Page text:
As the world of internet of things (IoT) grows, the number of attacks through the cyber space will continue to grow as well. Recently, with the massive worldwide spread of the ransomware, WannaCry, the threat is becoming more sophisticated and complex, as criminals find innovative ways to launch attacks. One such way is through the use of Artificial Intelligence (AI). Although, AI has a great possibility of making considerable strides in cybersecurity, it has the potential of being manipulated. As AI technology becomes smarter, it is only a matter of time until cyber criminals use it in their advantage.
Android Malware is on the rise, say researchers at G Data Security. A new report by the security firm revealed that in the first of 2017, over 750, 000 new malware apps were discovered. Android holds a 72 percent share of the mobile market and so it is reasonable that more attacks would happen on this platform. The number of malware samples cropping up each day are nonetheless staggering and there's no sign the problem will be corrected anytime soon. Since 2012, new Android malware samples have increased each year with the greatest hikes occurring over the last year.
The internet security company Malwarebytes just released its "State of Malware" report for the latter half of 2016. Highlights about individual malware threats are presented in this article. Information about the world-wide distribution of malware can be found in a companion piece about the global malware landscape. Interested readers are encouraged to read the complete report. The report is based on data Malwarebytes collected from June to November 2016.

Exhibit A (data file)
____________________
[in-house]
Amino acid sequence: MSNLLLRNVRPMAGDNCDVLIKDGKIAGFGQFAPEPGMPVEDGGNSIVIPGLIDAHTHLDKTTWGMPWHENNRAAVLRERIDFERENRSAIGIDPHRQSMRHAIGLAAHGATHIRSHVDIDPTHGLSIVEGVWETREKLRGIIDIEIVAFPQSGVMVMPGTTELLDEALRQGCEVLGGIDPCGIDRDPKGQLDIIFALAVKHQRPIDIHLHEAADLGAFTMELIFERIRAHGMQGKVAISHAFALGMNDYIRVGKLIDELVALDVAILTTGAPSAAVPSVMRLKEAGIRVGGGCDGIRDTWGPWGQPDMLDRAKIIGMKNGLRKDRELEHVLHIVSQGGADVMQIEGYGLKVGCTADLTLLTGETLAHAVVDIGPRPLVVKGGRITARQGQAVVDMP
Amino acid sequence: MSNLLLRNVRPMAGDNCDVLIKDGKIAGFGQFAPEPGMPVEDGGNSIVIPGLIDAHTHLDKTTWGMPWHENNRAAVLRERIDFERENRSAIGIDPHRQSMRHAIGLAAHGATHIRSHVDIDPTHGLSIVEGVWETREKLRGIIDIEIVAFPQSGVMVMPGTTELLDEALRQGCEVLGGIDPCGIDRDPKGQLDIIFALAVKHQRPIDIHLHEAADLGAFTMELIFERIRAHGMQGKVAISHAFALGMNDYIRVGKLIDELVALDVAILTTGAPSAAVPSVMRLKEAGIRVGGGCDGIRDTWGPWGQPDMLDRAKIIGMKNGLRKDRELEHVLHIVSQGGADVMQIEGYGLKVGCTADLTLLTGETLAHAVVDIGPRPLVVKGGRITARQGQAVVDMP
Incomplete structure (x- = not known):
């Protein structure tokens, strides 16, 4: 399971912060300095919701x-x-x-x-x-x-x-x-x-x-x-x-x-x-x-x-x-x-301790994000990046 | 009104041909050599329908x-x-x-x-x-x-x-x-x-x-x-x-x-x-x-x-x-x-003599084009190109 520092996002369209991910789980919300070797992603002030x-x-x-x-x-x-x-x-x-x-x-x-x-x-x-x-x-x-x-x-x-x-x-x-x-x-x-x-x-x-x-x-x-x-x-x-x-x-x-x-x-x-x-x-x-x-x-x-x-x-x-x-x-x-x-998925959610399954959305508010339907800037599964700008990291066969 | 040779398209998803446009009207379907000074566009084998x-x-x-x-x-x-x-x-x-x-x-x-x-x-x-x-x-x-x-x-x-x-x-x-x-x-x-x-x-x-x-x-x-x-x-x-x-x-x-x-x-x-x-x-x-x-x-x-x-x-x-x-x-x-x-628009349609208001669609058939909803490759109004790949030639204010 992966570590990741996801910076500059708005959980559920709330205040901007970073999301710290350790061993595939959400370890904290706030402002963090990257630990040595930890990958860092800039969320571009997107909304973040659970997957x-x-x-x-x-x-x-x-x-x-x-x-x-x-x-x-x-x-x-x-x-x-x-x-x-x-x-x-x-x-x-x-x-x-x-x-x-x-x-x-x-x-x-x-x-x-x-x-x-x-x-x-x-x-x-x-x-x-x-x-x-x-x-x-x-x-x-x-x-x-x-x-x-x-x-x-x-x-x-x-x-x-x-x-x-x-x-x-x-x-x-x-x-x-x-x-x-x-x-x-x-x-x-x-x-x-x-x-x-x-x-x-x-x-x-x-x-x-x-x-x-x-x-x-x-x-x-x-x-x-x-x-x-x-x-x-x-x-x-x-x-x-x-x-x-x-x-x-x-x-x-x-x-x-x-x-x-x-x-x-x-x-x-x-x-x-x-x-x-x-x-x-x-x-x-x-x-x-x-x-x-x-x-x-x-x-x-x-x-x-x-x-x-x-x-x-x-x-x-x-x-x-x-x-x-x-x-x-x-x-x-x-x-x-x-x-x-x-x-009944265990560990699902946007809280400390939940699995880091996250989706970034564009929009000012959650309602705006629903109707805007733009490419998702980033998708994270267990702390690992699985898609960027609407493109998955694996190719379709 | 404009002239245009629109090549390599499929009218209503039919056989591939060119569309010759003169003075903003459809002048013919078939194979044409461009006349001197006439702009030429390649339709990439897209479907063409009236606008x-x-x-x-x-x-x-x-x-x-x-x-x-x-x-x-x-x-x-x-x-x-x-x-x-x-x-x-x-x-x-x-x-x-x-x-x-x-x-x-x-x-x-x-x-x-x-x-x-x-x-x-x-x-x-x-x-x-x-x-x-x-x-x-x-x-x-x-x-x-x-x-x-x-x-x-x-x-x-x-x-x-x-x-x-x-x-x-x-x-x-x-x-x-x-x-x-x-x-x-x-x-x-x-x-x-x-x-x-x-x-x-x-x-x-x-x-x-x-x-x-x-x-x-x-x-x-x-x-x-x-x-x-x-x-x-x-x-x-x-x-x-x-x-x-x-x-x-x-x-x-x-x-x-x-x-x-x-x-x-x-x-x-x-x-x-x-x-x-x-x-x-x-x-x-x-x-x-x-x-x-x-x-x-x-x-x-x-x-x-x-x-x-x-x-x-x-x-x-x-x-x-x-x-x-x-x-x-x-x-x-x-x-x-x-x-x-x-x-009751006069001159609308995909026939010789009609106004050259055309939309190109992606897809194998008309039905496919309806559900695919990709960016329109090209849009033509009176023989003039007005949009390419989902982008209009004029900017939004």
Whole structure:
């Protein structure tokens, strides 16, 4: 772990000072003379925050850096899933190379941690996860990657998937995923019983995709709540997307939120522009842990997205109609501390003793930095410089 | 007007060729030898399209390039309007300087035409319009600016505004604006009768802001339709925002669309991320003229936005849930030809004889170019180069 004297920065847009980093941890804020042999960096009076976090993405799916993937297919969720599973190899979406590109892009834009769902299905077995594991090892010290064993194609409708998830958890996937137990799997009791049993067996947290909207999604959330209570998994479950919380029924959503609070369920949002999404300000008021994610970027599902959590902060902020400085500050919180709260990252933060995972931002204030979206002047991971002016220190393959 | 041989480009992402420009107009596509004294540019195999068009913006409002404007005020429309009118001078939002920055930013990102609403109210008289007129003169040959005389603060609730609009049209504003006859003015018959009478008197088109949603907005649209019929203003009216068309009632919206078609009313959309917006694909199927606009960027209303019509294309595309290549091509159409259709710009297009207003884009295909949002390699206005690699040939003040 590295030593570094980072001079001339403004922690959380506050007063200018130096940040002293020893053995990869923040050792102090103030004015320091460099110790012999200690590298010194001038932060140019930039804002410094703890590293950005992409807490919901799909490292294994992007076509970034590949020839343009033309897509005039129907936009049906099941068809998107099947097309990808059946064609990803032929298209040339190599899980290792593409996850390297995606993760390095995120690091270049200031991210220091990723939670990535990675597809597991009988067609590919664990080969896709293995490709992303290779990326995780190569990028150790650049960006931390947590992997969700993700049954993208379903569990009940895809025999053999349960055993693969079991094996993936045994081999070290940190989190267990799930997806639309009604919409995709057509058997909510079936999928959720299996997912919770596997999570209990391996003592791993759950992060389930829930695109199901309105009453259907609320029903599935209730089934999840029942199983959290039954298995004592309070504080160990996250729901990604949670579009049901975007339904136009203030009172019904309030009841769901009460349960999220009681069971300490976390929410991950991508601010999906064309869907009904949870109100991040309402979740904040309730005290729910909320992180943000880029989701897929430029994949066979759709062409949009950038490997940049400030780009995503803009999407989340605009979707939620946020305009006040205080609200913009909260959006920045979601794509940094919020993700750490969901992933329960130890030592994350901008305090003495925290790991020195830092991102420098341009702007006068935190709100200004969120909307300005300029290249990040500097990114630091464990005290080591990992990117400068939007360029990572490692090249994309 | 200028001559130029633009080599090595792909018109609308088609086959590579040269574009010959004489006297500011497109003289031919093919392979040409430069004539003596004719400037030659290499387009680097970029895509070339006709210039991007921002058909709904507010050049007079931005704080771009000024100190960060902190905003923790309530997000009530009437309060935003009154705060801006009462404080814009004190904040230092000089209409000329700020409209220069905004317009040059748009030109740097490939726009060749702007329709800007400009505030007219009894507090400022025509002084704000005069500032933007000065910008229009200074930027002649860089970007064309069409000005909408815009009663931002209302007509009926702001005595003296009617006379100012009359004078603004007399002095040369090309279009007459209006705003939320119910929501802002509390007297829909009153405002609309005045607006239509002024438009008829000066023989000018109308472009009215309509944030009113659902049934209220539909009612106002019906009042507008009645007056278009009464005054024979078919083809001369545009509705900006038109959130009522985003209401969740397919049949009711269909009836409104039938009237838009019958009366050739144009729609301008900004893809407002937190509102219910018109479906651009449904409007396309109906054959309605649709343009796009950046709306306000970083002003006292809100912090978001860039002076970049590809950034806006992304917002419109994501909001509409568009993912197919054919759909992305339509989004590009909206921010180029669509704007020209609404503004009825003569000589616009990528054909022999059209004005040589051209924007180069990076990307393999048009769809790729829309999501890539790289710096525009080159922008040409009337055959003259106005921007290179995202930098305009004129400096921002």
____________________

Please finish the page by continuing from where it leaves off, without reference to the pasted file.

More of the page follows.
Google has done a lot to thwart Android malware in recent months, but it's apparent there's still some work to do. Symantec recently discovered seven previously removed rogue apps that resurfaced on Google Play simply by using a new publisher and new app names. The titles masqueraded as productivity apps and would even use official Google imagery to hide their origins, but would push ads and scam websites if they were allowed to stay for four hours. It's not clear how the apps slipped through, but Google has since taken them down. We've asked the company for comment.
Wikileaks is reportedly hosting over 300 malware samples among the website's cache of leaked emails. As reported by The Register, Bulgarian security researcher Dr Vesselin Bontchev claims that the malware, of which there are at least 300 files hosted, has been found within the recent email dump of communication from the Turkish party AKP. The cache is a raw dump and Bontchev notes that there does not seem to have been any "processing of any kind" -- such as a simple malware and virus scan. As a result, the results of little more than a quick check has revealed the security risk that users of Wikileaks perusing the files now face. "Since many of the AKP members have been recipients of malware sent by e-mail (most likely random spam but could have also been targeted attacks), the received malware in the emails is also present in the dump," the researcher says.